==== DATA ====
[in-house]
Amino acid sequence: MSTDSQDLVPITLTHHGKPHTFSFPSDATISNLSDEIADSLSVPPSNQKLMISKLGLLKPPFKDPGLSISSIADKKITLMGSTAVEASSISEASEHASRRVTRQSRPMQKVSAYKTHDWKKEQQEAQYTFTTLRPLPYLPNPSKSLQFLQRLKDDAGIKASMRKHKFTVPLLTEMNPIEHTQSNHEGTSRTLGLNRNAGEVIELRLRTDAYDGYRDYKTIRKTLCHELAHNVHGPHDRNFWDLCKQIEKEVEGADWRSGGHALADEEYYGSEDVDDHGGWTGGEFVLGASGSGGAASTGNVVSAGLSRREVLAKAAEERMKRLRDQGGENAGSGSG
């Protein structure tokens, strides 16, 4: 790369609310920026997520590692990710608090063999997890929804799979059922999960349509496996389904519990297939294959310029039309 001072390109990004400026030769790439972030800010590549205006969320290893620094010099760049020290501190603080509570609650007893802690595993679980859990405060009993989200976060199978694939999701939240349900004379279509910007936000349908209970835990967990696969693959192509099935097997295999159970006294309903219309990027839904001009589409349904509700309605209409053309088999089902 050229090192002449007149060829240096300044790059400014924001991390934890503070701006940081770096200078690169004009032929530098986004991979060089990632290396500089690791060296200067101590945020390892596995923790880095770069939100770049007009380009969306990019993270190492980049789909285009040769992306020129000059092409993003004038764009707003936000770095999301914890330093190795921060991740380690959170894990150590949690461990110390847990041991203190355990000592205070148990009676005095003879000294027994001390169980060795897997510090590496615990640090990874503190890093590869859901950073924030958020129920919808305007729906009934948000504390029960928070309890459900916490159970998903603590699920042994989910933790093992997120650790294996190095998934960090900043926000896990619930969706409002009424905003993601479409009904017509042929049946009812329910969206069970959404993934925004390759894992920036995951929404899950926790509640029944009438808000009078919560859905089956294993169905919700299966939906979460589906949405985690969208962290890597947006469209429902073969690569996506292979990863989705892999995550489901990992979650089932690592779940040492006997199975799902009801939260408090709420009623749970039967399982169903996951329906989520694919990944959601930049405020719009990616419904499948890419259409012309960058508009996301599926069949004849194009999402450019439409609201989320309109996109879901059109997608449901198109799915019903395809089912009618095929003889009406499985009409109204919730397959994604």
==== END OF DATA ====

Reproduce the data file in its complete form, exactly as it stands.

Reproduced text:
[in-house]
Amino acid sequence: MSTDSQDLVPITLTHHGKPHTFSFPSDATISNLSDEIADSLSVPPSNQKLMISKLGLLKPPFKDPGLSISSIADKKITLMGSTAVEASSISEASEHASRRVTRQSRPMQKVSAYKTHDWKKEQQEAQYTFTTLRPLPYLPNPSKSLQFLQRLKDDAGIKASMRKHKFTVPLLTEMNPIEHTQSNHEGTSRTLGLNRNAGEVIELRLRTDAYDGYRDYKTIRKTLCHELAHNVHGPHDRNFWDLCKQIEKEVEGADWRSGGHALADEEYYGSEDVDDHGGWTGGEFVLGASGSGGAASTGNVVSAGLSRREVLAKAAEERMKRLRDQGGENAGSGSG
């Protein structure tokens, strides 16, 4: 790369609310920026997520590692990710608090063999997890929804799979059922999960349509496996389904519990297939294959310029039309 001072390109990004400026030769790439972030800010590549205006969320290893620094010099760049020290501190603080509570609650007893802690595993679980859990405060009993989200976060199978694939999701939240349900004379279509910007936000349908209970835990967990696969693959192509099935097997295999159970006294309903219309990027839904001009589409349904509700309605209409053309088999089902 050229090192002449007149060829240096300044790059400014924001991390934890503070701006940081770096200078690169004009032929530098986004991979060089990632290396500089690791060296200067101590945020390892596995923790880095770069939100770049007009380009969306990019993270190492980049789909285009040769992306020129000059092409993003004038764009707003936000770095999301914890330093190795921060991740380690959170894990150590949690461990110390847990041991203190355990000592205070148990009676005095003879000294027994001390169980060795897997510090590496615990640090990874503190890093590869859901950073924030958020129920919808305007729906009934948000504390029960928070309890459900916490159970998903603590699920042994989910933790093992997120650790294996190095998934960090900043926000896990619930969706409002009424905003993601479409009904017509042929049946009812329910969206069970959404993934925004390759894992920036995951929404899950926790509640029944009438808000009078919560859905089956294993169905919700299966939906979460589906949405985690969208962290890597947006469209429902073969690569996506292979990863989705892999995550489901990992979650089932690592779940040492006997199975799902009801939260408090709420009623749970039967399982169903996951329906989520694919990944959601930049405020719009990616419904499948890419259409012309960058508009996301599926069949004849194009999402450019439409609201989320309109996109879901059109997608449901198109799915019903395809089912009618095929003889009406499985009409109204919730397959994604």